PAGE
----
Six ways to exploit Obama’s Nobel Peace Prize in class

I haven’t done a current news item six for a while, and with all the flurry about my last post I’ve been thinking hard of a follow up. I have a new class that has just started, and the other day someone asked me what I thought of Obama winning the Nobel Peace Prize. We had a bit of a chat, and it got me thinking… I haven’t got anything about Obama on this site, and he is such a current favourite among English teachers. Here then are six ways you could exploit this event in class.

1 Introduce it creatively. Two ways to introduce the topic. 1) write the letters for Obama, peace, nobel all mixed up on the board and ask students to make words with them. Can they find two names with the letters? 2) Write or project the following text on the board and ask students to speculate what it’s about and what the gap could be. This was taken from the official White House blog post by Barack Obama.

Good morning.  Well, this is not how I expected to wake up this morning.  After I received the news, Malia walked in and said, “Daddy, you won the ______________, and it is Bo’s birthday!”  And then Sasha added, “Plus, we have a three-day weekend coming up.”  So it’s good to have kids to keep things in perspective.

2 Use the Press release for text study. If you go to the Nobel Peace Prize website you can see the official press release. It’s a nice short text that begins like this.

The Norwegian Nobel Committee has decided that the Nobel Peace Prize for 2009 is to be awarded to President Barack Obama for his extraordinary efforts to strengthen international diplomacy and cooperation between peoples…

Use the whole text for language study. There are several collocations on politics in there, some interesting structures and lots of lexis relating to international relations.

3 Examine the debate. Of course, this nomination and award has not been without its controversy. Many think that it is too premature for Obama to get this prize. Others see it more as encouragement. Some of this debate is raging back and forth on newspaper sites. Check out this opinion column from the Telegraph “Obama winning Peace Prize is absurd” and the responses below to give you a taste. Ask students to read these and then give their own opinion (or the other way around).

4. Teach peace slogans This can lead in nicely to some teaching of famous peace slogans, like “Make Love not War”, “Give Peace a Chance” “Let’s try Preemptive Peace” etc. There is a collection here used by activists to put on signs. If you have access to internet with your students you could get them to make one of these or one of their own into a button, using this nifty little web tool called Cool Text.

Sample peace button I made with CoolText

Sample peace button I made with CoolText

5 Make a peace “glog” (or poster). If you’re working with either young learners, secondary school students or adults who like getting creative you could make a glog. A glog is a poster online, like a single webpage with images, music, text etc. Check out this site to find out more. I’m currently using Glogs with one of my classes, and asking them to make a Nobel Peace Prize glog is an idea I’m thinking of trying out. Of course students can always make a traditional paper poster too, and put them up around the class.

6 Hold your own awards ceremony. After all this you may be a bit “peace-d out”, so use this as a springboard to host your own awards ceremony. You could have categories such as “Most Participation”, “Best Contributions”, “Top Talker” etc. Students cast their nominations by secret ballot, and later on in the year you hold an award ceremony to give out certificates or little candies or something like that. It’s an idea.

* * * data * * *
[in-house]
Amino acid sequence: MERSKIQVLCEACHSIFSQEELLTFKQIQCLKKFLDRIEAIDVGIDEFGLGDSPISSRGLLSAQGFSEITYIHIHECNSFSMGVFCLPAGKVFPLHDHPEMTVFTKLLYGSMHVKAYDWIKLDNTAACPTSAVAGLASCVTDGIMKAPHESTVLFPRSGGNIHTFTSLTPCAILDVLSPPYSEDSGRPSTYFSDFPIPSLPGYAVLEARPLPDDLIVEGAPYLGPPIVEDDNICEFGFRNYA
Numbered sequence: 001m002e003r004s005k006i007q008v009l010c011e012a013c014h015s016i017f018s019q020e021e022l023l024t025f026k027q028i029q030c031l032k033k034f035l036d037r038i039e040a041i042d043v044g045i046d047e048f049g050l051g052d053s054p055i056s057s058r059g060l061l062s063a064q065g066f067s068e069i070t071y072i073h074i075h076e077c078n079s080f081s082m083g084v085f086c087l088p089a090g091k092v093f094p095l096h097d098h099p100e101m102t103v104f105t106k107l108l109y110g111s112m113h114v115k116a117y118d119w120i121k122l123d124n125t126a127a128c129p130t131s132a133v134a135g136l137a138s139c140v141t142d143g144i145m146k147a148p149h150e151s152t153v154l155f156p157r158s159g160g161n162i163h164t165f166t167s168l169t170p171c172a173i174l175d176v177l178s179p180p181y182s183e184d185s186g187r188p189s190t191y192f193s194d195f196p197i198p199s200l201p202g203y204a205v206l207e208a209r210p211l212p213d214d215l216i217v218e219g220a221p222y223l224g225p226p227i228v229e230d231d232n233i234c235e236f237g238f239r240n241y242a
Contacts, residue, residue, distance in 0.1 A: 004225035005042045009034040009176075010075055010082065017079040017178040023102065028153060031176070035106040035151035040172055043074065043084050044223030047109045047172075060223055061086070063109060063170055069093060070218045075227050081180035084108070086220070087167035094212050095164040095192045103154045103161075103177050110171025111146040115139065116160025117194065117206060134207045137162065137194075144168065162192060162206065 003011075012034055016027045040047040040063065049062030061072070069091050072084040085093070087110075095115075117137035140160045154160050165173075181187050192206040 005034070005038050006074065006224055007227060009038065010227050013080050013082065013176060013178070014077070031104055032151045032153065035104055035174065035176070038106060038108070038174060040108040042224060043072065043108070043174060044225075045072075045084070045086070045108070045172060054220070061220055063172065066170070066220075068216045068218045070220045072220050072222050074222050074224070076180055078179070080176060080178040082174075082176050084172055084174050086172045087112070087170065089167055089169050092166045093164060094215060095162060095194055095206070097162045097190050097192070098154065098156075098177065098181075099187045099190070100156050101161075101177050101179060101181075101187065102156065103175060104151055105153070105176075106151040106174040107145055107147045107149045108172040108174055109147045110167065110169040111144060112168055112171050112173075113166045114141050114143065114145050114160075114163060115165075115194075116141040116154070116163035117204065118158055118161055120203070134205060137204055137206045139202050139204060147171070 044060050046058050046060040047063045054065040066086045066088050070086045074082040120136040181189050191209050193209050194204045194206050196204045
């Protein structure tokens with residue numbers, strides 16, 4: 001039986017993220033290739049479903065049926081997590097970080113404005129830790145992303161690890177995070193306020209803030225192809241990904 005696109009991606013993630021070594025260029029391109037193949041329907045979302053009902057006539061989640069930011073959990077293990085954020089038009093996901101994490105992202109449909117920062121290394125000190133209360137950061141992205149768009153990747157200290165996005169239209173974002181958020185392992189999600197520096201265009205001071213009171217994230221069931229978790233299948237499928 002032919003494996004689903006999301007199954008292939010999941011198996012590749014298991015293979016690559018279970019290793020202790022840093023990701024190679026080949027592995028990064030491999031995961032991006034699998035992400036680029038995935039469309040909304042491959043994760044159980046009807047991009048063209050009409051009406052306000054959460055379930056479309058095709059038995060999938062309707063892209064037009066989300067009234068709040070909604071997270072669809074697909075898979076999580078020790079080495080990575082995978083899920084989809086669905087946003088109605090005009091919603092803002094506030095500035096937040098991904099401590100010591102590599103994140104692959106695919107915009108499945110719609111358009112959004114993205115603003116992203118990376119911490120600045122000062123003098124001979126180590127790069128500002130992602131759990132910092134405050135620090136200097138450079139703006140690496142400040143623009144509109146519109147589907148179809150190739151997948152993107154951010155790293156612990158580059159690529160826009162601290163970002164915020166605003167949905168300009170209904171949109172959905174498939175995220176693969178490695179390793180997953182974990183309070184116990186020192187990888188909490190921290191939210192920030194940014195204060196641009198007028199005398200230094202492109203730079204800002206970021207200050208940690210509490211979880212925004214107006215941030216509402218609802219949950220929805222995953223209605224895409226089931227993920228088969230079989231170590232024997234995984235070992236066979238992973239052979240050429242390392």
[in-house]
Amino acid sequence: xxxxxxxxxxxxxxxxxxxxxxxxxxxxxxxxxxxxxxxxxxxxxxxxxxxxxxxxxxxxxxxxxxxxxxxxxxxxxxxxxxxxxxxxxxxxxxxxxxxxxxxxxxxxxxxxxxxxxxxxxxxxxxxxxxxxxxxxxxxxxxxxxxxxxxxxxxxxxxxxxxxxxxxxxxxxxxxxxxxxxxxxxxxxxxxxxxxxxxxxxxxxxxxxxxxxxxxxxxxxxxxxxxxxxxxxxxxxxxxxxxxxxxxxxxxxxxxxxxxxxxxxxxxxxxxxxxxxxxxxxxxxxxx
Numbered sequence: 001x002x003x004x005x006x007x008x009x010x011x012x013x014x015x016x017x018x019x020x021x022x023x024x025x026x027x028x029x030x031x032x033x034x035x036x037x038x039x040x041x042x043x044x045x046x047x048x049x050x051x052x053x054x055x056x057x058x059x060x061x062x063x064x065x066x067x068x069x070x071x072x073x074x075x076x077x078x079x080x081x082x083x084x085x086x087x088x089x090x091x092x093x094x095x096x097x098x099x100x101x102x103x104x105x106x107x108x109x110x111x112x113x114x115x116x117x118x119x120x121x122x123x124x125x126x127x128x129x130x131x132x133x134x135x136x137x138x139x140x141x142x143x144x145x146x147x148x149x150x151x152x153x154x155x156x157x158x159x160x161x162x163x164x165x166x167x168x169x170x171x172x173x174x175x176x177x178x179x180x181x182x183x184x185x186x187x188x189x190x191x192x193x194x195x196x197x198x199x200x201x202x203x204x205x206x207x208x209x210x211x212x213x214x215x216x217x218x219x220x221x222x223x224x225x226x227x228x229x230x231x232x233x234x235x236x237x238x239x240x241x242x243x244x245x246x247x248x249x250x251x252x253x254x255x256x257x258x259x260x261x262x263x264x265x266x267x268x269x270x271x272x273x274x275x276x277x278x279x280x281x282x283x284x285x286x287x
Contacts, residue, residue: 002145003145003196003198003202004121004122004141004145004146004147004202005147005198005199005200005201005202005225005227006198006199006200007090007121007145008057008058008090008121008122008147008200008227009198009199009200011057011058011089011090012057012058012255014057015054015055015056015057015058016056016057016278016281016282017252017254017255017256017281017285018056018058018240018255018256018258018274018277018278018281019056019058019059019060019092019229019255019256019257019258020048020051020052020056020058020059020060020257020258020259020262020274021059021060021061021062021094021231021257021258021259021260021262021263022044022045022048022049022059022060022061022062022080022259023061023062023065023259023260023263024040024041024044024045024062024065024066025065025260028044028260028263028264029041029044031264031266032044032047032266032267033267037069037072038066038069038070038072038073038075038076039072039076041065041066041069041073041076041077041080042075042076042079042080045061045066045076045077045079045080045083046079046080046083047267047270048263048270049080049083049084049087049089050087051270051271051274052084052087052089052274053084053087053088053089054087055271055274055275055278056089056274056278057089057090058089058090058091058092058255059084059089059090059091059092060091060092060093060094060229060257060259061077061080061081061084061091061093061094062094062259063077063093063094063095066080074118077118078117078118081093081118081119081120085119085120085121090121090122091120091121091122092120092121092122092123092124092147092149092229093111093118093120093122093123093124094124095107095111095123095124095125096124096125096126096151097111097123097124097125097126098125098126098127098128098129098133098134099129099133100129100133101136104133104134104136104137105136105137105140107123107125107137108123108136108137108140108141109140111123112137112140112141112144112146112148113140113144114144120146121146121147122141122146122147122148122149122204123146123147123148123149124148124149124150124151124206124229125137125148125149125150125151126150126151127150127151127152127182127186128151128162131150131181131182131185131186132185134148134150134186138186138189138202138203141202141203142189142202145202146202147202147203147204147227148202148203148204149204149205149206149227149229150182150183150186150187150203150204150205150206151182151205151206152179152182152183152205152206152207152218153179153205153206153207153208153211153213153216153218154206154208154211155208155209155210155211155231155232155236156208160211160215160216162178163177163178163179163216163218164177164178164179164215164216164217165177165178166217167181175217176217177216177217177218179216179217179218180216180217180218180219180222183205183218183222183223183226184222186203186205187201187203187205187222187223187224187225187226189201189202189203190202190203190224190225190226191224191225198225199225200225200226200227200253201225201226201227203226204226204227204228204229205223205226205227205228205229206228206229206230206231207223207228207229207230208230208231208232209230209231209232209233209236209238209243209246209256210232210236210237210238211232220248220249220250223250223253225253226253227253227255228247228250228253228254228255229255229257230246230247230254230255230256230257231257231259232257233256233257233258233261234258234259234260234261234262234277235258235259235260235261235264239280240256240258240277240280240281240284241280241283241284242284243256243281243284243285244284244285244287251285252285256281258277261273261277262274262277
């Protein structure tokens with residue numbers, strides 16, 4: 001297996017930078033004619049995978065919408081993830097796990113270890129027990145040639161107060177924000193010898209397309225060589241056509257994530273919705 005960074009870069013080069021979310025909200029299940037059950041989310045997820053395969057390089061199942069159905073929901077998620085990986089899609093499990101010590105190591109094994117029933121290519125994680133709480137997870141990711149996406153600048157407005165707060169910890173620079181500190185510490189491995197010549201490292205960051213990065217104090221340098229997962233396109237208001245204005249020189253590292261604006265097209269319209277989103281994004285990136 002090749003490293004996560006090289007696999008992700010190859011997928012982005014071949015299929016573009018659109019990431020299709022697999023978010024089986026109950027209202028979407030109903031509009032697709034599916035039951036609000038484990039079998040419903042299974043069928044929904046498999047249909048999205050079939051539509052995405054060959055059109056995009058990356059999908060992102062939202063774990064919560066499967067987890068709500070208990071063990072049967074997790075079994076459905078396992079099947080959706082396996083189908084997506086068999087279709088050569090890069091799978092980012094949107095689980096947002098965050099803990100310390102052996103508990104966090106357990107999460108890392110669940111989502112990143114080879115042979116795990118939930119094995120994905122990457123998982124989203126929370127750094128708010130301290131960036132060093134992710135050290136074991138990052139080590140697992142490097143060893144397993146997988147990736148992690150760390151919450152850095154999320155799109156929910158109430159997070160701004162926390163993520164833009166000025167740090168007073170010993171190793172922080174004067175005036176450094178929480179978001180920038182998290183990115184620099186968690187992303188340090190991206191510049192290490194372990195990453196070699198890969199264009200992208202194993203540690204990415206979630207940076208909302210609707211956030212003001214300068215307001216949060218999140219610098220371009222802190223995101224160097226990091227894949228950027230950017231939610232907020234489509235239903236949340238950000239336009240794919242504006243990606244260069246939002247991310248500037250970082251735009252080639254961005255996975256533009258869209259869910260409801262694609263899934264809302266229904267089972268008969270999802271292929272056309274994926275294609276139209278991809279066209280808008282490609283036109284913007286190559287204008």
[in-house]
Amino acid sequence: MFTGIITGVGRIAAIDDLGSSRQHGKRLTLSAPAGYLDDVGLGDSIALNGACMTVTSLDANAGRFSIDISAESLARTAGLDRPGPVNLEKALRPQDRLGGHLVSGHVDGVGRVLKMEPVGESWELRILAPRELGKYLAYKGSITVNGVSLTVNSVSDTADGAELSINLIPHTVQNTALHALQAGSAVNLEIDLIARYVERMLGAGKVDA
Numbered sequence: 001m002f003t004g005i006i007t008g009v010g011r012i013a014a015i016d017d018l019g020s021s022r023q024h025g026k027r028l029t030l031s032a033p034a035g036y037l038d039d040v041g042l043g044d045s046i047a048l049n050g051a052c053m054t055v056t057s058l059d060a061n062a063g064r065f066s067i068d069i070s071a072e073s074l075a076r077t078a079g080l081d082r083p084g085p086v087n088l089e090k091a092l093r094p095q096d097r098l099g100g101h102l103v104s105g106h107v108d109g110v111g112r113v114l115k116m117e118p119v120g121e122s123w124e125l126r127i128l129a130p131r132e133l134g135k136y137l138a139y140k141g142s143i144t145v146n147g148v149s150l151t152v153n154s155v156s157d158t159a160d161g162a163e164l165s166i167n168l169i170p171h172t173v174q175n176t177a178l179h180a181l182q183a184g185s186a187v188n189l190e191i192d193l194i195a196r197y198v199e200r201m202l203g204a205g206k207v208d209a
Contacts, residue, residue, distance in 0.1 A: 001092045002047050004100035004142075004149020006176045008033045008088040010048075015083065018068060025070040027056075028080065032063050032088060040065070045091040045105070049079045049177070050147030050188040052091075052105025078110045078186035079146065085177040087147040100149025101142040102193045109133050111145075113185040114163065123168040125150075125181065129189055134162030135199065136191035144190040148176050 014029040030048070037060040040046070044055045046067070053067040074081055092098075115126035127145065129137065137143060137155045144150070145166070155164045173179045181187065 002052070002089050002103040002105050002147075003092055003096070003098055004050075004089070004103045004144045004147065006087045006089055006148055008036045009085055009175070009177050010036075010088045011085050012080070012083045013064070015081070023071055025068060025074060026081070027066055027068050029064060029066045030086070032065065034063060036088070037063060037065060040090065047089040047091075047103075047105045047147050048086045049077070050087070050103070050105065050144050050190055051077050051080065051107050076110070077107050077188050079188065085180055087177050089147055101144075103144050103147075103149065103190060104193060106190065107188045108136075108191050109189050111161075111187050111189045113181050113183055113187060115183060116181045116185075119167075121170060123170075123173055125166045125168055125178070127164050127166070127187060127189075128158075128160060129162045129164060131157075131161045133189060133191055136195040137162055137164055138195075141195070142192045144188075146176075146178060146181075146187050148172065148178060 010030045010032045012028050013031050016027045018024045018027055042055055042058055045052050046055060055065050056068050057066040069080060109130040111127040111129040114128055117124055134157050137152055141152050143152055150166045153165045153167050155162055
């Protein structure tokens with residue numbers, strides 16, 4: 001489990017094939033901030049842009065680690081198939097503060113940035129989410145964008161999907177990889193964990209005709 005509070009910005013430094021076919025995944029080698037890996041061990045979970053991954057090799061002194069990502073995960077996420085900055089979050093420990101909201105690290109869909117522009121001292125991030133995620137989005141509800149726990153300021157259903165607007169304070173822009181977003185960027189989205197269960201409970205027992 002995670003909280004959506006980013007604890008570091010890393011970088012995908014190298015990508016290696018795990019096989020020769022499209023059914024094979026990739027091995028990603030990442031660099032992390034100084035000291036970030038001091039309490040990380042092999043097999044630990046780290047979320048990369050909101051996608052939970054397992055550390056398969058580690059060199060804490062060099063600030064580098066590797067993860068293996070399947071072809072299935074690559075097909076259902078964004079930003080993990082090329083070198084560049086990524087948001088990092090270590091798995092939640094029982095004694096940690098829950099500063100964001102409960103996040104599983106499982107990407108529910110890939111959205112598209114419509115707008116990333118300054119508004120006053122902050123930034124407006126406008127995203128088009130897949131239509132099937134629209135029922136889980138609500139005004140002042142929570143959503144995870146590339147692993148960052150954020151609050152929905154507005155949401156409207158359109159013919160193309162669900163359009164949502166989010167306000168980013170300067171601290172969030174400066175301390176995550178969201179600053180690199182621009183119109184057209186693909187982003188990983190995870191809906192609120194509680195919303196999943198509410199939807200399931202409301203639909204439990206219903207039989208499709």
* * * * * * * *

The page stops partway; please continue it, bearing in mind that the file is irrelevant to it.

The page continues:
Published in: on October 13, 2009 at 6:27 am  Comments (7)  
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  1. Very much liking the critical approaches Lindsay. There’s a lot of mileage in that at the moment. I am planning on asking my students’ opinion about Obama’s nobel prize honour and anticipating many of them will find it difficult to comprehend WHY he got it. As one of them said to me in an email the other say “aren’t you supposed to make peace before being awarded prizes for it!”. Fair point. No matter the level, I think we can all definitely explore the debate around this issue, and try follow up activities too. I would also get students to come up with the reasons why Obama got this prize – then can you let me know as I am in the dark as to where exactly in his political career he has proved himself worthy until now 🙂 There is also a lot of scope for asking S’s what they think about the concept of awarding a prize for “encouragement” – shame more of their English exams are not structured that way eh!!!

    • Thanks Sara for the comment. I’m doing this lesson today in class too. I’ve found a great collection of quotes from other world leaders about this, which makes for interesting follow up reading. Check out

      • Let us know how it goes. Your link is great. Perhaps a good lesson would be “the langugae of humble grovelling” 🙂 let’s see if Obama lives up to the high expectations almost all the commentators seem to feel he deserves.

  2. Just to let you know that I did numbers 1, 2 and 3 with an adult class last night. It worked a charm. I even found the video of Obama saying those first lines on youtube, and a CNN video of European reactions to the peace prize. Made for stimulating discussion!
    At the end, instead of making peace buttons, the students wanted to learn about word clouds (e.g. so we did peace wordles!

  3. Peace is not beneficial for all people.

  4. Great post Lindsay and great minds think alike – we’ll be publishing a Guardian Weekly news lesson on Obama’s Nobel prize next week!

  5. i am a indian. i want nobel prize winner.

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